Face Averaging and Google Image Search Results

“Okay Google, I’d like to connect you with this algorithm I’ve worked out to create pictures of faces by averaging your image search results.  First, show me what you think Man, Woman, Girl, and Boy look like.” “Well, that gives us a baseline of sorts, but let’s see what you can do with something more…

Time-Lapse Video From National Park Service Webcams

Time-lapse imagery spanning multiple years is fairly uncommon, but some promising sources for it turn out to be hiding in plain sight. The National Park Service maintains a number of air quality webcam archives that now reach back in time as much as twenty years.  Each of the webcams is trained on a view within a…

Archivorithm Number One, Second Edition

A couple months ago, I introduced a piece of experimental music called Archivorithm Number One.  I’ve continued to tinker with it in the meantime, and I’d now like to release a “second edition,” along with a fresh round of audio examples which I hope you’ll enjoy.  Let’s kick things off with a twenty-six-minute medley.  (See…

Displaying Historical Newspapers as Motion Pictures

The rise of digital newspaper archives has opened up many new possibilities for cultivating the periodical past.  Old newspapers have obviously become easier to search and more convenient to read than they were before, but here I’d like to explore another novel opportunity we have for experiencing them: as motion pictures made up of long runs…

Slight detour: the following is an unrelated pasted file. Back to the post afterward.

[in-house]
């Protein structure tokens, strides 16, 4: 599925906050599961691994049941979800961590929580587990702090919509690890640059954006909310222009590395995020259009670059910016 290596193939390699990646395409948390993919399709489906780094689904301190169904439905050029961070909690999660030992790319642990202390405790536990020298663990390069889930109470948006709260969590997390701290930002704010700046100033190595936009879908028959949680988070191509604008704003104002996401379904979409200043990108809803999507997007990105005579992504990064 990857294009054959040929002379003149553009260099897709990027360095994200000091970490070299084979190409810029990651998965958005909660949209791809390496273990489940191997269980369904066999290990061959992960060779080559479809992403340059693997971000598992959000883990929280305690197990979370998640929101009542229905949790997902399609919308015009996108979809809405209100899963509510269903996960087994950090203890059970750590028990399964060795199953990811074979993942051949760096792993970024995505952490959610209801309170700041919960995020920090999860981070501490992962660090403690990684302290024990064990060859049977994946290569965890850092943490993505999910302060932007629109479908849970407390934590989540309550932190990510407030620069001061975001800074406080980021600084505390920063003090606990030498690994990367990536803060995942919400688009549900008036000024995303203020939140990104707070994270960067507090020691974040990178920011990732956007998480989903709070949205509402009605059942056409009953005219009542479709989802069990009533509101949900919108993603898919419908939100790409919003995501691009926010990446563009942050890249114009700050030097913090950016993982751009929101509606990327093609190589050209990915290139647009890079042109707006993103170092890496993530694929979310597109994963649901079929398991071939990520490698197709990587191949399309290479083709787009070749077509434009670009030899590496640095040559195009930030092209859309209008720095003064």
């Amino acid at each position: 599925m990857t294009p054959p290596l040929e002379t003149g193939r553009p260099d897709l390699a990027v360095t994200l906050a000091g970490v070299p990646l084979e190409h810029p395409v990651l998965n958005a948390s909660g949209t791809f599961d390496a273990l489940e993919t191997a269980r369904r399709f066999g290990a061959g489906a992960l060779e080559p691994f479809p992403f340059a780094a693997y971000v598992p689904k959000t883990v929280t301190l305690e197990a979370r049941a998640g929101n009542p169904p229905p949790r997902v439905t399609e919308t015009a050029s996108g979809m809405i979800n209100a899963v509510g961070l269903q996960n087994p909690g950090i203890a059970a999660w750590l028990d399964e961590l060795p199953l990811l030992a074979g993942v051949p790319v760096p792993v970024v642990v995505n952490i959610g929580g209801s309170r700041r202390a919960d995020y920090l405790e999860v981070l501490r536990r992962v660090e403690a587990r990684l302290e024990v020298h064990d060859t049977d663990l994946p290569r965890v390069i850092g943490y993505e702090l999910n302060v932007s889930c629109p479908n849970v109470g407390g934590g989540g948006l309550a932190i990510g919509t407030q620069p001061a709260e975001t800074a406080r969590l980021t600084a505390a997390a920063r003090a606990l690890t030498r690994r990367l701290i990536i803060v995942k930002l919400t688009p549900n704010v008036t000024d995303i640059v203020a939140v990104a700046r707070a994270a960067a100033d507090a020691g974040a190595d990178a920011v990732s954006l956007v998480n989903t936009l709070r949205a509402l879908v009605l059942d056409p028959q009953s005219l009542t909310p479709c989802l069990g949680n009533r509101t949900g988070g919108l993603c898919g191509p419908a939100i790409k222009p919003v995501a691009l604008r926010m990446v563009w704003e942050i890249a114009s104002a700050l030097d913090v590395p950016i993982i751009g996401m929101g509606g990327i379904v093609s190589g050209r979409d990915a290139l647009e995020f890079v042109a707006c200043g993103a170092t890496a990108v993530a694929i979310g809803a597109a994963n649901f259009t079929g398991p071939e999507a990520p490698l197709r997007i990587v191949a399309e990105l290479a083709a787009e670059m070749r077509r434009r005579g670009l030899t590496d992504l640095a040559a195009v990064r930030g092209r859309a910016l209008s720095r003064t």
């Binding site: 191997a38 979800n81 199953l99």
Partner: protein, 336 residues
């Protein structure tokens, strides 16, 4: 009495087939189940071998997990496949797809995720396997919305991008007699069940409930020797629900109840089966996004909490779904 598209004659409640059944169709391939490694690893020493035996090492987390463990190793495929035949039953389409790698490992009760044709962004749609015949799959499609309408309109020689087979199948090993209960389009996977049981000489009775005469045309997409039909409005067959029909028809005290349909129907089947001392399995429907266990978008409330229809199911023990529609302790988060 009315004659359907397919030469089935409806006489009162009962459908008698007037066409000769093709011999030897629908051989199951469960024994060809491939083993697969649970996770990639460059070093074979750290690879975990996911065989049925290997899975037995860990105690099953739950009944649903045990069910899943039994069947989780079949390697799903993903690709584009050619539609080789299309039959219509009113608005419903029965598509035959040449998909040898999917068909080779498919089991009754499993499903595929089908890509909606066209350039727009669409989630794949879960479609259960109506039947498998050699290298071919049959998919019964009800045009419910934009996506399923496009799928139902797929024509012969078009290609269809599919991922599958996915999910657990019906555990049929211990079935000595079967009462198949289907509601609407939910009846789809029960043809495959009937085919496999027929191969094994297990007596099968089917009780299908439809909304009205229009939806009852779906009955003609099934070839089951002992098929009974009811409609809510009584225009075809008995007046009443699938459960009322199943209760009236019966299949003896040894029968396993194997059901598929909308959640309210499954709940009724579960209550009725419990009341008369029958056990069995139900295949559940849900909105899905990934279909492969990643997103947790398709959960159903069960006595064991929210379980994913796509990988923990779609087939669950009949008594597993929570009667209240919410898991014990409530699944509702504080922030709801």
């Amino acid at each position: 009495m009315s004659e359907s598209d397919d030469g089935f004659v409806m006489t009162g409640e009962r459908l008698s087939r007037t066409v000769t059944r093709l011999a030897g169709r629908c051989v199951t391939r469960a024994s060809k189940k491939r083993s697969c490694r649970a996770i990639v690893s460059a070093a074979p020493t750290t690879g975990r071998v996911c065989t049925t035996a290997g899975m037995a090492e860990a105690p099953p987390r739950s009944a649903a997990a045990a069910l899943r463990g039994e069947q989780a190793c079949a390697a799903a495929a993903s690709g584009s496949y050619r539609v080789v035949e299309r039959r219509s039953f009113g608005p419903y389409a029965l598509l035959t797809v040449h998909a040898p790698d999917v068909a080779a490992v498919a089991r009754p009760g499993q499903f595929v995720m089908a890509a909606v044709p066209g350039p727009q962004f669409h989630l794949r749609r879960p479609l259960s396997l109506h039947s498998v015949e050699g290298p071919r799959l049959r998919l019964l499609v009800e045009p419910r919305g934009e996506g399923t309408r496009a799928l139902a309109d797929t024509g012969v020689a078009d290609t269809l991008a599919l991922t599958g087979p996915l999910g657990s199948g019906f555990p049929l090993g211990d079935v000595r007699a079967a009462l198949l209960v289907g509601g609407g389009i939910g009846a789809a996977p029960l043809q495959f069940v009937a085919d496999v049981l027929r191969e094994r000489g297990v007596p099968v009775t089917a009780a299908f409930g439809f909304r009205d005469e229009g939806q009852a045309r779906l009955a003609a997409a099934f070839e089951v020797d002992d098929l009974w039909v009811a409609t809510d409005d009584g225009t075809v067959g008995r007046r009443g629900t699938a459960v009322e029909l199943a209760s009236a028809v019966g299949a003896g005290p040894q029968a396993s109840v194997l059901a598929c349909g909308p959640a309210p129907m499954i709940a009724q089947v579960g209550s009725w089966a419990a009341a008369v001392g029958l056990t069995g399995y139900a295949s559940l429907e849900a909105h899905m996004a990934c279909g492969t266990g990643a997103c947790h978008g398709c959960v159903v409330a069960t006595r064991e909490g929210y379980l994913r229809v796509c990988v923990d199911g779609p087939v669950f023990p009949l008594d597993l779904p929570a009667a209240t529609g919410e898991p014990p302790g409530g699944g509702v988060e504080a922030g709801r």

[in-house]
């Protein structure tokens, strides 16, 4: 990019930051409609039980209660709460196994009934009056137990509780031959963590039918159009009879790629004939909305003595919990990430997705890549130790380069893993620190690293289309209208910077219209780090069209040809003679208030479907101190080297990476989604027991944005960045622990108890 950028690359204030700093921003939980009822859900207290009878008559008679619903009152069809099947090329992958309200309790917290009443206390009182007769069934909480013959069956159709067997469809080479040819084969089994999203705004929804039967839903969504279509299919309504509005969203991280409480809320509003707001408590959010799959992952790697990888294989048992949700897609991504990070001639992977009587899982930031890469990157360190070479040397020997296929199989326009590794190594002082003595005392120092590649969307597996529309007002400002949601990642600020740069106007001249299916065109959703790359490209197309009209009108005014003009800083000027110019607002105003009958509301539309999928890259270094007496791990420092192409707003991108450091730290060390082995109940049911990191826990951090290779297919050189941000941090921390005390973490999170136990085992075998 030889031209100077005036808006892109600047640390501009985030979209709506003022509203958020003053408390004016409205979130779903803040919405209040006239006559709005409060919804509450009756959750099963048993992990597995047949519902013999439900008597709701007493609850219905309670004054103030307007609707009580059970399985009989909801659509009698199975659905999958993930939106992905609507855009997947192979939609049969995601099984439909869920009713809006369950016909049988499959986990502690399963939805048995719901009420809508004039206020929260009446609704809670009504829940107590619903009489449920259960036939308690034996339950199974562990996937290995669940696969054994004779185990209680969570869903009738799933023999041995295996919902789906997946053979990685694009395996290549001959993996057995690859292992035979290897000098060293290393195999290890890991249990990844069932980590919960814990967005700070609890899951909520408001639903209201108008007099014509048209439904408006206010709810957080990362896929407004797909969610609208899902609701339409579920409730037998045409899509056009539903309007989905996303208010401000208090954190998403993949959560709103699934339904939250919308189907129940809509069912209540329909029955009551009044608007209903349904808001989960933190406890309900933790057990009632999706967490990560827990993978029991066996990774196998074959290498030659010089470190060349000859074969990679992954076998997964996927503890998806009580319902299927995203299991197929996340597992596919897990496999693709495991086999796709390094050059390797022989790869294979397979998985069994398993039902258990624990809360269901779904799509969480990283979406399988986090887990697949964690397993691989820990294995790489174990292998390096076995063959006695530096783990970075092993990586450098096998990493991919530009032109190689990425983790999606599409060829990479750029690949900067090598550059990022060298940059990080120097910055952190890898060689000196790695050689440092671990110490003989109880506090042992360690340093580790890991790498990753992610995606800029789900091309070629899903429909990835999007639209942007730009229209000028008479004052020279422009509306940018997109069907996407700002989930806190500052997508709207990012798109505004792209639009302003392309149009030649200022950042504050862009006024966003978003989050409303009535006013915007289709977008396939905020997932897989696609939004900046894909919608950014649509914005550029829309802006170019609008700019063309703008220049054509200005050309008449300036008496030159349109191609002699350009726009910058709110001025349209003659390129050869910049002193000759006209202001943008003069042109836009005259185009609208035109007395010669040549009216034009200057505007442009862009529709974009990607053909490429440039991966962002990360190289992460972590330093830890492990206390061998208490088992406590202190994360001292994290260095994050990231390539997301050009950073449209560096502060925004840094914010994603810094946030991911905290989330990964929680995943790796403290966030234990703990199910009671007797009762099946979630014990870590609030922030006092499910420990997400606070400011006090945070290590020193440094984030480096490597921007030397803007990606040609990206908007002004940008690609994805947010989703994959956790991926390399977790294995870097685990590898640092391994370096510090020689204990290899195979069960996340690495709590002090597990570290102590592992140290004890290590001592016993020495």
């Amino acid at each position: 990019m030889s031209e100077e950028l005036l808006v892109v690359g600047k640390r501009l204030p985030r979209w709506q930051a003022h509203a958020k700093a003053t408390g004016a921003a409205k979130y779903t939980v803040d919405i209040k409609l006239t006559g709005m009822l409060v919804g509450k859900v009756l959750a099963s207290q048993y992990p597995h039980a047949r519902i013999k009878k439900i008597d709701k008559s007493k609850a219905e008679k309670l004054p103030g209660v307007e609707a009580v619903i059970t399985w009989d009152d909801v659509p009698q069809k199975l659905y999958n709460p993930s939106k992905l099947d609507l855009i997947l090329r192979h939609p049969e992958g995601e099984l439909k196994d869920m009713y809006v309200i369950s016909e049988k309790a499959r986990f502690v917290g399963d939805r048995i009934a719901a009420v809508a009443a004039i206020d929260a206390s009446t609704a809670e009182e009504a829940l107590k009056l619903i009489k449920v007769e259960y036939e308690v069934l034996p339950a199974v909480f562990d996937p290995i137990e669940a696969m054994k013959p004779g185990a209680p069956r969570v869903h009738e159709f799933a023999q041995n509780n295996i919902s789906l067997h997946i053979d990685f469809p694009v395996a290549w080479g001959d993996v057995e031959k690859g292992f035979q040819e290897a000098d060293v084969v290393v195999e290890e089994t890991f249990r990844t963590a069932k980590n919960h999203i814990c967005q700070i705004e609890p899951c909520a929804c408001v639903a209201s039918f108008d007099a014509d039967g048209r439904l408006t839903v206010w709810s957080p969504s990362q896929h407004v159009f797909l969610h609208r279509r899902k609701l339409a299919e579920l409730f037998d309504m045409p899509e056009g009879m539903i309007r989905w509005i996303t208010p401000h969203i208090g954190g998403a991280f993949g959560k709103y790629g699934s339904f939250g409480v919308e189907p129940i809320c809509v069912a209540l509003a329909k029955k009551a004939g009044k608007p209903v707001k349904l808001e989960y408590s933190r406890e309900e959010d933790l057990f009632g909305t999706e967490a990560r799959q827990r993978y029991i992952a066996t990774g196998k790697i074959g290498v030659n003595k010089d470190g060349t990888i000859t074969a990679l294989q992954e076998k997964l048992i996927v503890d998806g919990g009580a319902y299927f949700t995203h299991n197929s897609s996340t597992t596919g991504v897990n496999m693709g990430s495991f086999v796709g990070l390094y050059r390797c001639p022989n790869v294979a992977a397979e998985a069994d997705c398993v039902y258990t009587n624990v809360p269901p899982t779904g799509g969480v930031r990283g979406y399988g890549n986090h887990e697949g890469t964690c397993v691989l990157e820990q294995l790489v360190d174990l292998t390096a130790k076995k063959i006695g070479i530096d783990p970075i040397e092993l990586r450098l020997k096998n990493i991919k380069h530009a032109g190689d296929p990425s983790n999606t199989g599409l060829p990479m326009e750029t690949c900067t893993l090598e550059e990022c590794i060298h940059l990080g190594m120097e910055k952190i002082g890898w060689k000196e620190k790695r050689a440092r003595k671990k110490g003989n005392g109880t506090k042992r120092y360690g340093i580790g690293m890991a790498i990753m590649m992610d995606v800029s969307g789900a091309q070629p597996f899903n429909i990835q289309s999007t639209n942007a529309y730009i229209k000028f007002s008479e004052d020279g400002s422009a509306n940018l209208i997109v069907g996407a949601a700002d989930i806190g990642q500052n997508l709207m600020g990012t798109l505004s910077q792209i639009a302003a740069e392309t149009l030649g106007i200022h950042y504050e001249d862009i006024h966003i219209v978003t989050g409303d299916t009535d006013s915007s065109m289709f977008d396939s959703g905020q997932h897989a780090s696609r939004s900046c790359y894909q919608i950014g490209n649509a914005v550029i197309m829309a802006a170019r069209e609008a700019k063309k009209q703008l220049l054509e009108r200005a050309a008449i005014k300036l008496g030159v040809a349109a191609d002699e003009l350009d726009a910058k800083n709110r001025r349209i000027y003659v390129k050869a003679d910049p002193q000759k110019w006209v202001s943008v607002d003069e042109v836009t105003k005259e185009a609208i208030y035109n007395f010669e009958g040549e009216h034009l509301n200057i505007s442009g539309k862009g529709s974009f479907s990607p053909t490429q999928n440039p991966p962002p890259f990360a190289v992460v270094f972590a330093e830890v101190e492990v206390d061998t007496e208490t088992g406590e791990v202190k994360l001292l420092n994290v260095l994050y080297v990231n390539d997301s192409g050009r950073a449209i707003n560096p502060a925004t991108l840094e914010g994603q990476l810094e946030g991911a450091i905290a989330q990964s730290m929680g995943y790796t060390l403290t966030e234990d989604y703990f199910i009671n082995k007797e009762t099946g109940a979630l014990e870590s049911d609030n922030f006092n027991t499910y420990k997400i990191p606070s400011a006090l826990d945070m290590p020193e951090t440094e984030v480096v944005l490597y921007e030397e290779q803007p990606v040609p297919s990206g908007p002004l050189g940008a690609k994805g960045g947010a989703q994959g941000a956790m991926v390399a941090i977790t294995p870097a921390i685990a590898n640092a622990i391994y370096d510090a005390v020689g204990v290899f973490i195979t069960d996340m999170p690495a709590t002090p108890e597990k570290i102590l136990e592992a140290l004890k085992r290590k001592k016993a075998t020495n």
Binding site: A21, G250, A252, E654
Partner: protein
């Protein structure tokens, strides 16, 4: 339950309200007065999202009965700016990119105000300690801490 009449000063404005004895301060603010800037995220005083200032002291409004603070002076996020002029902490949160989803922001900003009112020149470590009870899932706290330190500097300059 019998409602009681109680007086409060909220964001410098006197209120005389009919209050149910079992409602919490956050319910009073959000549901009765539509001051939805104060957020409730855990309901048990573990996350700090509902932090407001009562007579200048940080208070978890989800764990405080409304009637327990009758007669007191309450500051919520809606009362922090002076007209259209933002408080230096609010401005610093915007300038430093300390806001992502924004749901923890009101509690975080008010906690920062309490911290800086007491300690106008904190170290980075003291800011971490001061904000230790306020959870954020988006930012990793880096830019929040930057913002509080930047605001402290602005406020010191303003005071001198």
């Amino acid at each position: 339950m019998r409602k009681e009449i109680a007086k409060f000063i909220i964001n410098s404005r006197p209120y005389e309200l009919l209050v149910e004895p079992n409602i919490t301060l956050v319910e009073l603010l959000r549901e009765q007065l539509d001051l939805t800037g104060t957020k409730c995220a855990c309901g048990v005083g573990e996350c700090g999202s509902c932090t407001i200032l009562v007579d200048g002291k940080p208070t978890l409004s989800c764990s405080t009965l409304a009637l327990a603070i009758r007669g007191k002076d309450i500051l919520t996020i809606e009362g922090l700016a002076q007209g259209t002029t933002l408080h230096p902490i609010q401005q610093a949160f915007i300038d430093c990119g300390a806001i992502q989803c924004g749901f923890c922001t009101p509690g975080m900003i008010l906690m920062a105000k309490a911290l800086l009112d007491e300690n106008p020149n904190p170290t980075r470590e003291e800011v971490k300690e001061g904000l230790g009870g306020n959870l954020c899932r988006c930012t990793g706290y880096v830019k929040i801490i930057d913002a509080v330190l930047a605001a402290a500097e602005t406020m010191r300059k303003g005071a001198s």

Speech Averaging: “A Visit From St. Nicholas”

Consider the performance art of reciting poetry.  We recognize that it can be done well or poorly, that everybody will do it a little differently, and that no two performances will ever be quite alike.  But what if we were to average a number of recitations?  Would the result approach an ideal “performance” that sounds…

The Secret Military Origins of the Sound Spectrograph

The sound spectrogram is a playable audio format, even though it’s usually meant to be seen and not heard.  Most spectrograms represent types of content that are readily accessible in other, more convenient formats.  But if we want to hear what the secret speech-scrambling technologies of the Second World War sounded like, spectrograms printed in…

Reading Secretary Hand (and Sound Recordings, Too)

“Griffonage” literally means hard-to-read handwriting, and it usually refers to a careless, hasty scrawl.  But even the tidiest handwriting from the past can be hard to read today if it’s in an unfamiliar script, a point I’d like to underscore here by working through three documents in the secretary hand that was routinely used for…